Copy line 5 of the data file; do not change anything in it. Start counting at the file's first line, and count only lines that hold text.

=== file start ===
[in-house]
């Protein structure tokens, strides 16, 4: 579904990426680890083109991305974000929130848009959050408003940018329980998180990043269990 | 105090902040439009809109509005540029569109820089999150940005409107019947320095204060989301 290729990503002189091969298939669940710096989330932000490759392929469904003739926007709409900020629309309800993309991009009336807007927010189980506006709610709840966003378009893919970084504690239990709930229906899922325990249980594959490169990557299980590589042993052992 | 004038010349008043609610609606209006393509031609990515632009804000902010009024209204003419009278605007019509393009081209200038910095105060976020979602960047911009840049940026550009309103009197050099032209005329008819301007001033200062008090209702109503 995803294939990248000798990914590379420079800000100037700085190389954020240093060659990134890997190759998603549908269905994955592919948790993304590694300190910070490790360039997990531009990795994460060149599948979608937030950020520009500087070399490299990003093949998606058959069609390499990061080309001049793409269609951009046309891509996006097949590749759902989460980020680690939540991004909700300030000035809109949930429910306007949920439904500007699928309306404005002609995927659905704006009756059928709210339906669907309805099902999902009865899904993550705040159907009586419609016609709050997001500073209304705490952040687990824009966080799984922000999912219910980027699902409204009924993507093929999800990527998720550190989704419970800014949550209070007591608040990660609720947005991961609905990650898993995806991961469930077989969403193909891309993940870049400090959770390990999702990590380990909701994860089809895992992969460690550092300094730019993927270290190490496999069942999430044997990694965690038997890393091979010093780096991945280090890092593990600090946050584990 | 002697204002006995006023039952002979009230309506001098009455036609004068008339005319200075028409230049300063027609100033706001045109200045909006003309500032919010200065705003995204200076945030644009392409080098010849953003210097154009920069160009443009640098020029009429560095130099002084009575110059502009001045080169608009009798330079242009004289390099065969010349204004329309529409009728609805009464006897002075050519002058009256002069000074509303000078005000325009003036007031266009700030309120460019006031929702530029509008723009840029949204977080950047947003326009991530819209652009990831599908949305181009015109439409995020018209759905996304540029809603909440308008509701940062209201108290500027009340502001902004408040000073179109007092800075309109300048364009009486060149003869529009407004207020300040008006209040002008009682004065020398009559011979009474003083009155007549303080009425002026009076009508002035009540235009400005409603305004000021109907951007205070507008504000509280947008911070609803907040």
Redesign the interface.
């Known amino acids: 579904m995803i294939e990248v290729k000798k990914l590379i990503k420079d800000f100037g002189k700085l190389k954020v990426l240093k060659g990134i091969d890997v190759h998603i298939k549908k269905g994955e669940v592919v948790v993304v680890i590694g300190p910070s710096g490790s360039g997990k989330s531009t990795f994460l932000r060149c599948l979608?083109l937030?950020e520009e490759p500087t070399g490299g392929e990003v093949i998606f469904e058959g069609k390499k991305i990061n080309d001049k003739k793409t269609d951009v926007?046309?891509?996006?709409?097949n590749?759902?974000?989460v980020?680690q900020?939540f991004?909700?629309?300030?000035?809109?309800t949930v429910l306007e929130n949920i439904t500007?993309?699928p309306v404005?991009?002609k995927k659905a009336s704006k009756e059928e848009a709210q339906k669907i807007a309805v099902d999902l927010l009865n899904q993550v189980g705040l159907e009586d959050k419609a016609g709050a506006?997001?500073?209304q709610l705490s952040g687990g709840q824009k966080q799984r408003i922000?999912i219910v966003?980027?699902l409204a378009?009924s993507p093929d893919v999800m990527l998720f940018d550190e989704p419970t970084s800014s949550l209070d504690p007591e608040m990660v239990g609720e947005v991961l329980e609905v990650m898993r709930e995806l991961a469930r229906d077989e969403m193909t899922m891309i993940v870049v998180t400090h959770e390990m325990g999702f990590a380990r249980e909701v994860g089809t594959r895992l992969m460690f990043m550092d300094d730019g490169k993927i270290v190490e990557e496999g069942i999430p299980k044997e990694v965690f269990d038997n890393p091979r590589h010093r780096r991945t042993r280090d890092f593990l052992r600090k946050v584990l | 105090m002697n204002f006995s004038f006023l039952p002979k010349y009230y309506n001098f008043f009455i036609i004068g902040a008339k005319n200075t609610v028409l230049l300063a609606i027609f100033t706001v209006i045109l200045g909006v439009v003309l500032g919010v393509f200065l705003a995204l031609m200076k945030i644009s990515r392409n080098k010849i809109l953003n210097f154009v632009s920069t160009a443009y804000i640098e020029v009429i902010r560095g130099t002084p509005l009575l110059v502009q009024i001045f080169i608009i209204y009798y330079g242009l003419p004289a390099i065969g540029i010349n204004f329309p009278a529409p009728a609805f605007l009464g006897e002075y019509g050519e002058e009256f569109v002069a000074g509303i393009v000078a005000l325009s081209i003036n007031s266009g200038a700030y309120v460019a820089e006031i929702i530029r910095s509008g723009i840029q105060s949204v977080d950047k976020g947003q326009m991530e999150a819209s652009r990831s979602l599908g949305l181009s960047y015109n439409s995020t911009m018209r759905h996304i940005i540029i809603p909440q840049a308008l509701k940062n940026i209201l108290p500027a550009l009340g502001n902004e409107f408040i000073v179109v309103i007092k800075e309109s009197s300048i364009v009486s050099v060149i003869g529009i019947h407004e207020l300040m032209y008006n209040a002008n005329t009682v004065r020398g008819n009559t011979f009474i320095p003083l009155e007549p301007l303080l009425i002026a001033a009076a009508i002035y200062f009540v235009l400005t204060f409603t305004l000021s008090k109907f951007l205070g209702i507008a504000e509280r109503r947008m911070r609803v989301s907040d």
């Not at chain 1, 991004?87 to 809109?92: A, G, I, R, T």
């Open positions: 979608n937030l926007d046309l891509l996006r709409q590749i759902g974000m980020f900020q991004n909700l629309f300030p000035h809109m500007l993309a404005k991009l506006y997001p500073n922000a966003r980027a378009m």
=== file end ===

């Not at chain 1, 991004?87 to 809109?92: A, G, I, R, T």